Saturday, November 22, 2008

automakers need bailout and restructure

G.M. Pins Hopes on a Plug-In Car, 2 Years Off

DETROIT — The Chevrolet Volt, a plug-in hybrid, will not arrive in showrooms until late 2010. But it is already straining under the weight of an entire company.
Executives at General Motors, the largest and apparently the most imperiled of the three American car companies, are using the Volt as the centerpiece of their case to a skeptical Congress that their business plan for a turnaround is strong, and that a federal bailout would be a good investment in G.M.’s future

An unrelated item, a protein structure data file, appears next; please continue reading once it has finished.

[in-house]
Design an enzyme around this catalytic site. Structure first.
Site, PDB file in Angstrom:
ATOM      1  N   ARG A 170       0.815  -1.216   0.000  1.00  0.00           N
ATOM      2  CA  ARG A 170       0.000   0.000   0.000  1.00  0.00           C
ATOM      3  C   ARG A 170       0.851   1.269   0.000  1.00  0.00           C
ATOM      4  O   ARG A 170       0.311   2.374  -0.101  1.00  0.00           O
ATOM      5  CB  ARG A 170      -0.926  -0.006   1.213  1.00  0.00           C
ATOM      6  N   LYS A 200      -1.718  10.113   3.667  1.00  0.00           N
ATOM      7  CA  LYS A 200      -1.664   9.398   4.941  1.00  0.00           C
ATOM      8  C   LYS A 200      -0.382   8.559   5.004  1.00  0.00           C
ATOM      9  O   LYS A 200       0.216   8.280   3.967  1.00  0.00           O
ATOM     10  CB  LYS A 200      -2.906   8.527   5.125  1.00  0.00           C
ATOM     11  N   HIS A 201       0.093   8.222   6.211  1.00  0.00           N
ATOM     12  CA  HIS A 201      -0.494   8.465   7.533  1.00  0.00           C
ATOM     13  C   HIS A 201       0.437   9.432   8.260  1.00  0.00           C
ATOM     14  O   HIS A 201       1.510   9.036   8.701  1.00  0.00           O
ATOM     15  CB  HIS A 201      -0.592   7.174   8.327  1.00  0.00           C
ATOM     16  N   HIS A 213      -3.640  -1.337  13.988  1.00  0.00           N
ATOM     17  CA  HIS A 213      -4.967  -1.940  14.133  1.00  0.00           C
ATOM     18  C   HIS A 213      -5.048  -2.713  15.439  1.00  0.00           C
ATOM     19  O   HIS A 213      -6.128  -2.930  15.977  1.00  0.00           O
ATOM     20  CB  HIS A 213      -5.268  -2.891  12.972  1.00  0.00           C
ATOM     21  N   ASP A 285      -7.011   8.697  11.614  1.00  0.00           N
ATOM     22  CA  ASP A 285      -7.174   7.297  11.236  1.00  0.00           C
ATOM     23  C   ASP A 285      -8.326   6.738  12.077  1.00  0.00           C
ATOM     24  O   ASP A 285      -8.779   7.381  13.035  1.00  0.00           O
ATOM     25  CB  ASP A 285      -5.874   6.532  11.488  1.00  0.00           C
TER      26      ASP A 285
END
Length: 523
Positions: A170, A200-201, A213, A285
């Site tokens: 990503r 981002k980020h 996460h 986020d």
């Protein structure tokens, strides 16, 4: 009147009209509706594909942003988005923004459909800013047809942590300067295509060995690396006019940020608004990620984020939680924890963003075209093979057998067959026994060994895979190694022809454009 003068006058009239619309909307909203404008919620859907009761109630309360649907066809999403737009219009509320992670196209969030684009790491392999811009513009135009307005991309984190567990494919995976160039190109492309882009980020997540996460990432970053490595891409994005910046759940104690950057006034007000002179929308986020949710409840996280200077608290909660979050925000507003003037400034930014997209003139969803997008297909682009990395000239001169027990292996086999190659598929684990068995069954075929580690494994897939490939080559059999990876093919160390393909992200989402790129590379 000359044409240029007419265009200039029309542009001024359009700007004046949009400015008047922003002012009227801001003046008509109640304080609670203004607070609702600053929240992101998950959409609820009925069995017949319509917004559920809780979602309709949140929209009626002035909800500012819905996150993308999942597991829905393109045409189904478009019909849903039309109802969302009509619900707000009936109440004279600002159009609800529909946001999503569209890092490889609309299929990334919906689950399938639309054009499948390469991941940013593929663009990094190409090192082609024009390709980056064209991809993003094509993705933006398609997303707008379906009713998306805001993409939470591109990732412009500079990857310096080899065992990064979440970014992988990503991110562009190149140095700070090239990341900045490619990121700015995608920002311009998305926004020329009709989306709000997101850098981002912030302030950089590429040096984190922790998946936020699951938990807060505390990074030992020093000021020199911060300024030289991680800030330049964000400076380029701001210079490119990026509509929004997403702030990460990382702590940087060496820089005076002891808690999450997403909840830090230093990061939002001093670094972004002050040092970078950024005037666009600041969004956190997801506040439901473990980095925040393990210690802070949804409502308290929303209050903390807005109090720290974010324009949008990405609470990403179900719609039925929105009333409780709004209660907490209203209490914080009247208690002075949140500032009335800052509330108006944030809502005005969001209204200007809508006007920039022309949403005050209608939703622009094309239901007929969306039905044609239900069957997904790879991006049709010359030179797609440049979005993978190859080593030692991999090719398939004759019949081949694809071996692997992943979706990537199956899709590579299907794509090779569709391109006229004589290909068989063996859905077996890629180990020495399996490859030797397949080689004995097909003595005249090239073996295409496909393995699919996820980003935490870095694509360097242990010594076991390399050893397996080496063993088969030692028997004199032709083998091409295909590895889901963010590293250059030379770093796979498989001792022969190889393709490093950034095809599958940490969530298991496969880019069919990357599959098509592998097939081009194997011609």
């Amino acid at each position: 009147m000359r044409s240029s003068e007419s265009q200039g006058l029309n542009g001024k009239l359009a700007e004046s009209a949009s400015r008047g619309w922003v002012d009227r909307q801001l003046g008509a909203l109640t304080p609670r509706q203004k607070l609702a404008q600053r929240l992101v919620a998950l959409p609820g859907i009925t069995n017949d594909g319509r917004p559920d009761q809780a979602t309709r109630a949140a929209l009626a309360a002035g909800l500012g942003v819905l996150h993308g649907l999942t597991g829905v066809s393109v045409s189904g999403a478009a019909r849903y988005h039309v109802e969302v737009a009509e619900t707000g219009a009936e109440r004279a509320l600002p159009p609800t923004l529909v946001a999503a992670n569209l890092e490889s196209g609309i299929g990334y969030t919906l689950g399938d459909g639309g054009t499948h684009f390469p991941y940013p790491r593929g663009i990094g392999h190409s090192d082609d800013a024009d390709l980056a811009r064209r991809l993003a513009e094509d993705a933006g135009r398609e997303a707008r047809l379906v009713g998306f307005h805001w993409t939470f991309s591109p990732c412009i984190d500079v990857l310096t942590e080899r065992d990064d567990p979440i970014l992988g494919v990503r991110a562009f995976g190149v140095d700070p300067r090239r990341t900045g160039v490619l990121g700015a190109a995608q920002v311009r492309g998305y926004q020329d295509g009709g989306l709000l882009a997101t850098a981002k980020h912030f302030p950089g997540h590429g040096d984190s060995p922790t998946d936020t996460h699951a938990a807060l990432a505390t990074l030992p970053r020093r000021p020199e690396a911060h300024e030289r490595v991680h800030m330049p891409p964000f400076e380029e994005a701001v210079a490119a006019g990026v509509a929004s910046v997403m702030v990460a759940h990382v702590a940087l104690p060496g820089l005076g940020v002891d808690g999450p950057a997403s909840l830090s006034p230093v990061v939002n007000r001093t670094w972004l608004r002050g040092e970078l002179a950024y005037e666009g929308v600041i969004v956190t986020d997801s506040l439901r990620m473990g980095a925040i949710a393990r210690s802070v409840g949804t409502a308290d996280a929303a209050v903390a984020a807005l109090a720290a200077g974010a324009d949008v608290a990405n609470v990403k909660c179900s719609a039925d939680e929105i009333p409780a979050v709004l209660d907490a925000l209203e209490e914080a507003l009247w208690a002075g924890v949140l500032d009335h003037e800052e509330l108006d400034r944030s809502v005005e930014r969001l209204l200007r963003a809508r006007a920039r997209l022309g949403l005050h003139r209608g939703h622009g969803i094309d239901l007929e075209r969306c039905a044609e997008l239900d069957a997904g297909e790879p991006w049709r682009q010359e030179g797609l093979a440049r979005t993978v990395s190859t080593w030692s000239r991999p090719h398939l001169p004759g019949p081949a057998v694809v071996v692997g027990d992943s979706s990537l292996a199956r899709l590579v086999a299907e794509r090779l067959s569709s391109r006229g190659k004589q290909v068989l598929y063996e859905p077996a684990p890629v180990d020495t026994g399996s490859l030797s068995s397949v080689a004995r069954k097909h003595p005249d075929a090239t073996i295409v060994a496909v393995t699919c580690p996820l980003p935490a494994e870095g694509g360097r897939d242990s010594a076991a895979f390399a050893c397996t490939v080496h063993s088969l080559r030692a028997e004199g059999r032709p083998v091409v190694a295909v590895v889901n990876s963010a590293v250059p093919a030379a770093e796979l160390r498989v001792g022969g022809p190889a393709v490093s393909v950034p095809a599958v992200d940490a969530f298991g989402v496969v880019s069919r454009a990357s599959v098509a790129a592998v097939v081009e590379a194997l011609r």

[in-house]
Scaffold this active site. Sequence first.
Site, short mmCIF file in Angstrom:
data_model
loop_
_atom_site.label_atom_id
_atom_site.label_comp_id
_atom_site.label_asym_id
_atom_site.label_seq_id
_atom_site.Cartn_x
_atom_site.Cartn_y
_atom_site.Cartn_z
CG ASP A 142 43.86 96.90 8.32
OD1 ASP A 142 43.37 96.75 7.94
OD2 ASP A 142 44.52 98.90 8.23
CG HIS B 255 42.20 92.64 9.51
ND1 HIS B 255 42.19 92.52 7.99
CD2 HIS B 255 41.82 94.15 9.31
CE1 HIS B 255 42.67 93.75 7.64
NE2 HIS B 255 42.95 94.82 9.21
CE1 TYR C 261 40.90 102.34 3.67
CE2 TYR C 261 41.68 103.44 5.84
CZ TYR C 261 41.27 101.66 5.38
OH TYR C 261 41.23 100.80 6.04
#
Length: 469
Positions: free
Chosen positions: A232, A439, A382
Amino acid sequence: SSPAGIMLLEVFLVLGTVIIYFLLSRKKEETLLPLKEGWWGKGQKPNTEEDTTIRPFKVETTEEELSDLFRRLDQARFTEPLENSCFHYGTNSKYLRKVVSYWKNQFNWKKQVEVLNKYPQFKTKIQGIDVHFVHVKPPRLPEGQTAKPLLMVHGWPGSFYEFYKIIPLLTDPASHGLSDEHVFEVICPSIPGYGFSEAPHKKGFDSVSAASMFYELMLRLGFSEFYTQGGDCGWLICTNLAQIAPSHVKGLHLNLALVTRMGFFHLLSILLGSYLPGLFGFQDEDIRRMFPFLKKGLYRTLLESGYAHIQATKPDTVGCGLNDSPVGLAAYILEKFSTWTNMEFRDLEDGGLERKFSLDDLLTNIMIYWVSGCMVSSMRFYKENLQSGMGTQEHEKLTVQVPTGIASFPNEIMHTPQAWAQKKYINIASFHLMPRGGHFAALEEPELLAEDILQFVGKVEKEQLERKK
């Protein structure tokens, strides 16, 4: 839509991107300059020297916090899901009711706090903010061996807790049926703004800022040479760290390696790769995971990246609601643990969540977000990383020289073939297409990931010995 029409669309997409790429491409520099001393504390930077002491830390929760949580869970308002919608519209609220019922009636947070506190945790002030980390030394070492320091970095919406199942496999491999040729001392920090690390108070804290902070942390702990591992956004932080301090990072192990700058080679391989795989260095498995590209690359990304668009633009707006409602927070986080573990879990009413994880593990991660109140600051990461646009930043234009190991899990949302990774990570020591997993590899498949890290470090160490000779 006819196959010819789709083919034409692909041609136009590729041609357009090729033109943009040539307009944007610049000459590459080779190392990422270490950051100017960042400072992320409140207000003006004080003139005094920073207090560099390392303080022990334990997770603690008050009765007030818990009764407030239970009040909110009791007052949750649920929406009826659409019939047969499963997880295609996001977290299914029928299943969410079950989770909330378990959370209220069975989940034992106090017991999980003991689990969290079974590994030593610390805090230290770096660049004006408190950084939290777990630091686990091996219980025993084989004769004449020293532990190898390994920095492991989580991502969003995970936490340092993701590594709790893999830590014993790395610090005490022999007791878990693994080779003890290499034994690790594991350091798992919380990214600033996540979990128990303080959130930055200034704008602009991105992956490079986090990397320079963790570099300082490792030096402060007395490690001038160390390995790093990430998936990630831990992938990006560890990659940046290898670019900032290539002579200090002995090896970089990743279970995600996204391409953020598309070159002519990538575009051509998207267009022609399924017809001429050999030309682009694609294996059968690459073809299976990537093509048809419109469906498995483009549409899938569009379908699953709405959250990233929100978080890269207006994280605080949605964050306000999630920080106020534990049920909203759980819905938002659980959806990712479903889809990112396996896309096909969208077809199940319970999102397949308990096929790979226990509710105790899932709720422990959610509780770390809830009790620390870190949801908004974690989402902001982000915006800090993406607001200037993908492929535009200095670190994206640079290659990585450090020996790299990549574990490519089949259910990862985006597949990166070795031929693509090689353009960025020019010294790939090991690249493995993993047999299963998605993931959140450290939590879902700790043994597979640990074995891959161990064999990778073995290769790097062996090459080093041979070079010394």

Congress should force both labor and management to come together and offer a plan that would make the Detroit car industry viable in a free market. This will certainly involve shedding worker benefits that aren't standard in the industry anymore, as well as restructuring executive perks and compensation. In addition, they must think about the future in different terms. This may mean forcing new managment because some people's perspective is just too old fashioned to prosper in a modern world. The Congress should demand real change or let the companies fail. They then can help a new industry rise up through bankruptcy or some other process.

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